brings together the charm of a traditional stationery card with the innovation of technology and customization. Since their launch in 2009, founders (and siblings) James and Alexa Hirschfeld have collaborated with dozens of talented fashion and lifestyle designers such as Kate Spade New York, J.Crew, Marimekko and the late Oscar de la Renta to produce online and paper stationery for any occasion with personalization and communication at the helm.
As a customer and recipient of their cards, they’ve made me chuckle and smile with their both timeless and on-trend design. Today James and Alexa are sharing a bit about the importance of confidence and insight to know what people want, success and sacrifice, and their personal journeys as individuals, siblings and co-founders. – Sabrina
Read the full interview after the jump!
Why did you decide to start your own business?
James: One: I always wanted to work with my sister because she was the smartest and most capable person I knew. And two: I didn’t want to work in investment banking, which was what all of my friends were doing.
Alexa: It’s really, really, really hard to be creative and make money doing it. One of the ways around that is setting up an infrastructure around yourself that allows it.
When you first decided to start your own business, how did you define what your business would be?
Alexa: From the beginning, the idea for Paperless Post was always about creating a product that users would want. It wasn’t a “market-driven” approach or a “revenue-driven” approach or a “technology advancement-driven” approach—it was about what people wanted.
James: I had very specific vision of a beautiful, engraved invitation with gold lettering and a rich paper texture on a computer screen. I believed that we could use technology to bring the beauty of stationery to a more accessible medium with this product.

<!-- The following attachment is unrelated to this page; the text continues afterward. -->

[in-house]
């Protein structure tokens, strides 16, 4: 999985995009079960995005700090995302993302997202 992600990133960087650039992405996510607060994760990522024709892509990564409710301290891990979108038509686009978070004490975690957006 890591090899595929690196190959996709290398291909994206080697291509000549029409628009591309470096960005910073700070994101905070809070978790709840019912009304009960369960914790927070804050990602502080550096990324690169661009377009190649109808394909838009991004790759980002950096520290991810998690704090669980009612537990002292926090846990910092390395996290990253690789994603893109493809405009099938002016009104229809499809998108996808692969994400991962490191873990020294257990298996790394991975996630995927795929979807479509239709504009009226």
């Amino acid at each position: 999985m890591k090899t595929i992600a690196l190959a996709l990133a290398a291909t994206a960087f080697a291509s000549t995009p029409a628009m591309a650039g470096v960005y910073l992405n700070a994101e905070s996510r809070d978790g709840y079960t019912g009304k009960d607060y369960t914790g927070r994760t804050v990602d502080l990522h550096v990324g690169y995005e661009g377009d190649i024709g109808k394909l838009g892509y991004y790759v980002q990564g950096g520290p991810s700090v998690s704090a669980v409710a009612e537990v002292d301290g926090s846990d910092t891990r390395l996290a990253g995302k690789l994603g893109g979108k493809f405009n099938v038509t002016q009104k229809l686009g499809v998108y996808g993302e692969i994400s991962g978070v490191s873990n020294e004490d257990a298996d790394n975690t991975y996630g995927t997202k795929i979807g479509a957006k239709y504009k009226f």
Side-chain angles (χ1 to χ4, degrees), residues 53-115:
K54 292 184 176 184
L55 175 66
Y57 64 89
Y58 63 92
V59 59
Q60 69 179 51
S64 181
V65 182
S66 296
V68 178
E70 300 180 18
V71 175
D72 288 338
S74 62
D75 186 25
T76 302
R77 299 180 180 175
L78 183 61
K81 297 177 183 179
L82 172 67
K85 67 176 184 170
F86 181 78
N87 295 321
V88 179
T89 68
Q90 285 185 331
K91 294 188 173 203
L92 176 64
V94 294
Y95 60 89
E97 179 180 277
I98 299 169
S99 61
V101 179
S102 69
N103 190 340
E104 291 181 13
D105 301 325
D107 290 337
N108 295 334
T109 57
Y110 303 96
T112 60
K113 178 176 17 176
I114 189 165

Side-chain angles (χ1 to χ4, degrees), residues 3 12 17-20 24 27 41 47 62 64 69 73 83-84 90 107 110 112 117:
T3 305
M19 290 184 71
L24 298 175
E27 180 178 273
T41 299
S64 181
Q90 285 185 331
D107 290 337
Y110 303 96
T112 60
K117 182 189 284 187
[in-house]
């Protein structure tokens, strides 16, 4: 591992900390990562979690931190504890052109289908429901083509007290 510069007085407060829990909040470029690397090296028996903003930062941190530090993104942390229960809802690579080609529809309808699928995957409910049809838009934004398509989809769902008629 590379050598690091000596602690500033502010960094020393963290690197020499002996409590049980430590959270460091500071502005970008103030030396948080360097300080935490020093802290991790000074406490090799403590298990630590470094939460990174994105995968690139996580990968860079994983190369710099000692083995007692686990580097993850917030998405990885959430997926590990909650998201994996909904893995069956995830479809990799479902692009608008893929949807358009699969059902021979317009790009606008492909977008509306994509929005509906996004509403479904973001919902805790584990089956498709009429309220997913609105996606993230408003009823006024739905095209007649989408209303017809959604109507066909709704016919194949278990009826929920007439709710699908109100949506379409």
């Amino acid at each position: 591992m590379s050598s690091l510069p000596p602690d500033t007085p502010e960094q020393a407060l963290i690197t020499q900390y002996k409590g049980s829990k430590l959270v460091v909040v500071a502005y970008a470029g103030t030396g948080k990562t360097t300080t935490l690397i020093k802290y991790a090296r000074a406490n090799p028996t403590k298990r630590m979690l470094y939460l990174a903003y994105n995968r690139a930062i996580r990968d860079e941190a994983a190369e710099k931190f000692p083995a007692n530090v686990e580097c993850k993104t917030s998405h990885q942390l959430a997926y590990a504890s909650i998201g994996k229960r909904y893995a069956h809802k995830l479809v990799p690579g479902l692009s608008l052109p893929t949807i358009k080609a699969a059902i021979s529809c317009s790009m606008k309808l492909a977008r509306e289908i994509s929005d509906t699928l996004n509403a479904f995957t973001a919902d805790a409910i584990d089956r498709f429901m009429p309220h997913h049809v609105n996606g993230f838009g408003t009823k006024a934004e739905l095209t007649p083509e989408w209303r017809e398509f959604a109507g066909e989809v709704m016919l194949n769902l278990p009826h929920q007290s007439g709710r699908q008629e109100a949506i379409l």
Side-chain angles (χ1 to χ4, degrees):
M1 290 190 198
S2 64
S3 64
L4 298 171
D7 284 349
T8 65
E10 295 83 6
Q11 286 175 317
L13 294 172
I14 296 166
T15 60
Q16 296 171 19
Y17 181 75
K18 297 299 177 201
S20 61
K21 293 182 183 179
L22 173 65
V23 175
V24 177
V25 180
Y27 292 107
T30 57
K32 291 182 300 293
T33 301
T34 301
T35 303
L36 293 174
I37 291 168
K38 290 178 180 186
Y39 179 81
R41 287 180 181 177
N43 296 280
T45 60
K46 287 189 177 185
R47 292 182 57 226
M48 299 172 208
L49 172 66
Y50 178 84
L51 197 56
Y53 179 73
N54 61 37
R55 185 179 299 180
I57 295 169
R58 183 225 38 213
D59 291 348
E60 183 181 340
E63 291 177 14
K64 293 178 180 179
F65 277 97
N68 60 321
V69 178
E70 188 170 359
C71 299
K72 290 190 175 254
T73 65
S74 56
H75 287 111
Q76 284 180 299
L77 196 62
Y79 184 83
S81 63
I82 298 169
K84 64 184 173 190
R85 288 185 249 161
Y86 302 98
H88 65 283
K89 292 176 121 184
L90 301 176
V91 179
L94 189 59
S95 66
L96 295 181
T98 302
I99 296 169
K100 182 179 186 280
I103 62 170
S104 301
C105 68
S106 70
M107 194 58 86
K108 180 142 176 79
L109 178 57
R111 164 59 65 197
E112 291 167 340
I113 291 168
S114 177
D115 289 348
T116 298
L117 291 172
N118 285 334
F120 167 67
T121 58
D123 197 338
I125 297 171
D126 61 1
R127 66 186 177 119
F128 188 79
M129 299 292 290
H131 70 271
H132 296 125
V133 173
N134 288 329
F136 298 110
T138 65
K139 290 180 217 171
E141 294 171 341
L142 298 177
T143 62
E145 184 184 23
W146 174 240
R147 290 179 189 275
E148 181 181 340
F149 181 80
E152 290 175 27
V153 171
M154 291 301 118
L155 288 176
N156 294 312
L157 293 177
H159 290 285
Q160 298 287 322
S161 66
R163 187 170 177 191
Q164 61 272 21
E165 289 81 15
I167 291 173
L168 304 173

What was the best piece of business advice you were given when you were starting off?
Alexa: Some of the best advice I got was from a book by a professor named Dan Ariely called Predictably Irrational. He overturned the popular belief at the time that consumers (as opposed to businesses) behaved “irrationally” online and that you should not rely on selling to them to support your fledgling company. In fact, he said, consumers have their own rationale, it’s just different from the economic rules that we’re used to. Provided that you as an entrepreneur are interested in understanding how consumers perceive value online, you’ll be just fine.
James: We got a lot of negative feedback from people who were experts in our field—one potential investor went so far as to say that anything online could never be beautiful. Discouraging though it was, it was this type of “advice” that gave me confidence that our idea was different and innovative.
What was the most difficult part of starting your business?
Alexa: I sacrificed two full years without my social life, including my friends. It may have been extreme, and yet it was what was called for. I was really inspired by our vision and, to be honest, I didn’t mind. I was happy.
James: Keeping your confidence through the everyday challenges that threaten the existence of your fledgling start-up can be really hard. Between hiring, keeping an eye on competitors, and courting investors, there is basically danger on all sides. You have to wake up every day and insist on success.
Can you name the biggest lesson you’ve learned in running a business?